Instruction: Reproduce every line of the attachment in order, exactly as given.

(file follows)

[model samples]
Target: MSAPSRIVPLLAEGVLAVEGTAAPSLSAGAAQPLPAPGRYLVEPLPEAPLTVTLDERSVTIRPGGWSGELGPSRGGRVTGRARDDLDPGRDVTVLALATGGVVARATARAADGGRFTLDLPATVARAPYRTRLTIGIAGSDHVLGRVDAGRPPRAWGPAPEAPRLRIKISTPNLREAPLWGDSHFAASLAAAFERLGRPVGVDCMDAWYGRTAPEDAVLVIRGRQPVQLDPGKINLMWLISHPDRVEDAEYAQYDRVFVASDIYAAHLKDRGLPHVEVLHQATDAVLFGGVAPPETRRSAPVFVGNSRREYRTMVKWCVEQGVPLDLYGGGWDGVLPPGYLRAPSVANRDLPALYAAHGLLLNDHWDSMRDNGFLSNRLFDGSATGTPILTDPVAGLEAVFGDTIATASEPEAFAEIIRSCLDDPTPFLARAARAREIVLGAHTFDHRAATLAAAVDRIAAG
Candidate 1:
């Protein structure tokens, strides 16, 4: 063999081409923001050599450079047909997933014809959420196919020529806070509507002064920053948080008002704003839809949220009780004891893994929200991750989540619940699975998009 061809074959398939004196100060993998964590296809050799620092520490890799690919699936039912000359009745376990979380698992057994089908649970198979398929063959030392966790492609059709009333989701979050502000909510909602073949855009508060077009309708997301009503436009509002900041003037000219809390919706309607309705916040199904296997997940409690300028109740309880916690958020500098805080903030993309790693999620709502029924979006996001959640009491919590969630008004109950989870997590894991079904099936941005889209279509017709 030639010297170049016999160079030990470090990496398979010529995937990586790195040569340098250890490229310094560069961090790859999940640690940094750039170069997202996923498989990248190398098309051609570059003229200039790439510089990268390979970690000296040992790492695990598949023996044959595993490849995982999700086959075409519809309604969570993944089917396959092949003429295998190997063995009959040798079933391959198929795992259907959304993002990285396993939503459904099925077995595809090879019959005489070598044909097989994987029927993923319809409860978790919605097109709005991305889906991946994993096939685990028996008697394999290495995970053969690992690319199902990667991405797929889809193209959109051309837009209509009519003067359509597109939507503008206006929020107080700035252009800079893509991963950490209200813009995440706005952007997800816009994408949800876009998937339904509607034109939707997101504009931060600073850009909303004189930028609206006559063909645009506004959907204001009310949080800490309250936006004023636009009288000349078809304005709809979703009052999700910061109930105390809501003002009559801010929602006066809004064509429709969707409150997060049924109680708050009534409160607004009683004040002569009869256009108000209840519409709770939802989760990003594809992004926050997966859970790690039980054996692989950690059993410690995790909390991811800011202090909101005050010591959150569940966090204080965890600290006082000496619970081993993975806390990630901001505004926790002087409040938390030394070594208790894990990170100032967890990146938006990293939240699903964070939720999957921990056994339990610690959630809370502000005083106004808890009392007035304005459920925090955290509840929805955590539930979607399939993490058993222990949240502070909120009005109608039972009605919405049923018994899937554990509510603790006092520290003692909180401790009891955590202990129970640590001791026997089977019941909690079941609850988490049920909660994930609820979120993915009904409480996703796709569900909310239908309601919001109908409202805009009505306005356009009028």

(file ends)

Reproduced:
[model samples]
Target: MSAPSRIVPLLAEGVLAVEGTAAPSLSAGAAQPLPAPGRYLVEPLPEAPLTVTLDERSVTIRPGGWSGELGPSRGGRVTGRARDDLDPGRDVTVLALATGGVVARATARAADGGRFTLDLPATVARAPYRTRLTIGIAGSDHVLGRVDAGRPPRAWGPAPEAPRLRIKISTPNLREAPLWGDSHFAASLAAAFERLGRPVGVDCMDAWYGRTAPEDAVLVIRGRQPVQLDPGKINLMWLISHPDRVEDAEYAQYDRVFVASDIYAAHLKDRGLPHVEVLHQATDAVLFGGVAPPETRRSAPVFVGNSRREYRTMVKWCVEQGVPLDLYGGGWDGVLPPGYLRAPSVANRDLPALYAAHGLLLNDHWDSMRDNGFLSNRLFDGSATGTPILTDPVAGLEAVFGDTIATASEPEAFAEIIRSCLDDPTPFLARAARAREIVLGAHTFDHRAATLAAAVDRIAAG
Candidate 1:
């Protein structure tokens, strides 16, 4: 063999081409923001050599450079047909997933014809959420196919020529806070509507002064920053948080008002704003839809949220009780004891893994929200991750989540619940699975998009 061809074959398939004196100060993998964590296809050799620092520490890799690919699936039912000359009745376990979380698992057994089908649970198979398929063959030392966790492609059709009333989701979050502000909510909602073949855009508060077009309708997301009503436009509002900041003037000219809390919706309607309705916040199904296997997940409690300028109740309880916690958020500098805080903030993309790693999620709502029924979006996001959640009491919590969630008004109950989870997590894991079904099936941005889209279509017709 030639010297170049016999160079030990470090990496398979010529995937990586790195040569340098250890490229310094560069961090790859999940640690940094750039170069997202996923498989990248190398098309051609570059003229200039790439510089990268390979970690000296040992790492695990598949023996044959595993490849995982999700086959075409519809309604969570993944089917396959092949003429295998190997063995009959040798079933391959198929795992259907959304993002990285396993939503459904099925077995595809090879019959005489070598044909097989994987029927993923319809409860978790919605097109709005991305889906991946994993096939685990028996008697394999290495995970053969690992690319199902990667991405797929889809193209959109051309837009209509009519003067359509597109939507503008206006929020107080700035252009800079893509991963950490209200813009995440706005952007997800816009994408949800876009998937339904509607034109939707997101504009931060600073850009909303004189930028609206006559063909645009506004959907204001009310949080800490309250936006004023636009009288000349078809304005709809979703009052999700910061109930105390809501003002009559801010929602006066809004064509429709969707409150997060049924109680708050009534409160607004009683004040002569009869256009108000209840519409709770939802989760990003594809992004926050997966859970790690039980054996692989950690059993410690995790909390991811800011202090909101005050010591959150569940966090204080965890600290006082000496619970081993993975806390990630901001505004926790002087409040938390030394070594208790894990990170100032967890990146938006990293939240699903964070939720999957921990056994339990610690959630809370502000005083106004808890009392007035304005459920925090955290509840929805955590539930979607399939993490058993222990949240502070909120009005109608039972009605919405049923018994899937554990509510603790006092520290003692909180401790009891955590202990129970640590001791026997089977019941909690079941609850988490049920909660994930609820979120993915009904409480996703796709569900909310239908309601919001109908409202805009009505306005356009009028």